Mar 2013
Gas Distribution
Fracture Monitoring Using Acoustics
Mar 2013
Sep 2016
National Grid Gas Distribution, Northern Gas Networks and SGN
NGN – D Carter (Distribution Validation Manager) – lead GDN, Syrinix – Paul Linford (Consultant), SGN – Steve Tomlinson (Innovation Project Manager), NGG – Paul Slater (Project Manager)
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Network Innovation Allowance
Gas Distribution Networks

Under the current 30/30 rule (all metallic mains 30m from property must be replaced within the next 30years) gas distribution networks (GDNs) have to prioritize which mains need to be replaced. A number of these mains are in highly populated areas and although don’t have known leakage issues, still need to be replaced under the above rule.There is no method currently available to monitor live mains and to report any significant approaching failure. The 30/30 rule stipulates all mains must be replaced regardless of history so using the 30/30 rule in all cases will result in some mains being replaced many years before the end of their serviceable life.

Syrinix’s existing product, TransientMinder (which detects, interrogates and analyses damaging pressure transients within both distribution and trunk main infrastructure) works on water mains of >16” in diameter in the GB, and the objective of this Project is to investigate and demonstrate that the technology can be transferred on to the GB Gas Network, for the same pipe diameters.

The primary objectives of the Project will be:

  • To give an immediate notification of a fracture event to the pipe line operator enabling a much improved response time
  • To locate the fracture event (assuming it falls between monitor stations)
  • To potentially detect the onset of a fracture event if pre-failure signals are generated (this is unknown at this time)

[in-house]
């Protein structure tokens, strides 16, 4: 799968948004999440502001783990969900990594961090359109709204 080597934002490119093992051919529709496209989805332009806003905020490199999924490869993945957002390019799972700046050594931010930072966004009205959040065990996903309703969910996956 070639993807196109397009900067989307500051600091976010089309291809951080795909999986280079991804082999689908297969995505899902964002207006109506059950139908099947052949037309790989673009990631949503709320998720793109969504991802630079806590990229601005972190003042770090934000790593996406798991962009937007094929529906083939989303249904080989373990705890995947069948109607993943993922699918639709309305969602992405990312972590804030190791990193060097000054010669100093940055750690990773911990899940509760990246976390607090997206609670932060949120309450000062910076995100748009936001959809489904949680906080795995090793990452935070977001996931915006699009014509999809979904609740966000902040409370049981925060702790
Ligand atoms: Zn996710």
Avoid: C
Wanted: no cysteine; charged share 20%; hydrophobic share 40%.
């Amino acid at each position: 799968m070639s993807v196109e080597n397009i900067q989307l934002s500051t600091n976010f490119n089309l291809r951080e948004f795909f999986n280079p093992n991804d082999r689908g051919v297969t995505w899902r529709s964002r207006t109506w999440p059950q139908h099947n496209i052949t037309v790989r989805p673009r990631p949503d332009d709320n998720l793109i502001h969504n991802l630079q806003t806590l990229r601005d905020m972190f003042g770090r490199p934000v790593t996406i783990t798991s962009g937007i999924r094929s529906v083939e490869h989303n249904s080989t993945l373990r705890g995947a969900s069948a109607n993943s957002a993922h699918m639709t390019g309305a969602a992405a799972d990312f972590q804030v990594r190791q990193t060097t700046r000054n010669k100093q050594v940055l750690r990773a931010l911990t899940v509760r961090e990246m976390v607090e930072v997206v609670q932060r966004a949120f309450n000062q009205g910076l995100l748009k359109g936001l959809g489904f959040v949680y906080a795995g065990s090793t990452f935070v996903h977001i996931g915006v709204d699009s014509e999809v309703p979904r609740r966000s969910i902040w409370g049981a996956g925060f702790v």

• Monitor pipeline 24 hours / day, 7 days / week.

The current Syrinix product has proved its technological capability within the Water Industry and as such this Project, if successful, would generate learning on the feasibility of applying the same concept to >16” metallic Gas mains.

Once the Project has been successfully completed and proved it will be possible for the three collaborating Network Licensees (NGG,NGN & SGN) to deploy the technique using the Syrinix system.

The key learning from this Project would come from the:

  • Ability to monitor large metallic LP pipelines over a variety of distances, ground conditions and locations for the first time
  • Review and modification of pipeline replacement schedules and practices
  • Ability to defer spend on some pipelines either short term or indefinitely
  • Ability to identify Tier 2 pipelines “at risk” from mains with “limited risk”,where there is a mandatory requirement.

Although WWU are not a party to the Project, they will be kept informed of Project developments Once finalised, an industry policy will be developed to allow Networks to know the scope of the technique and allow the Technology to be deployed accordingly.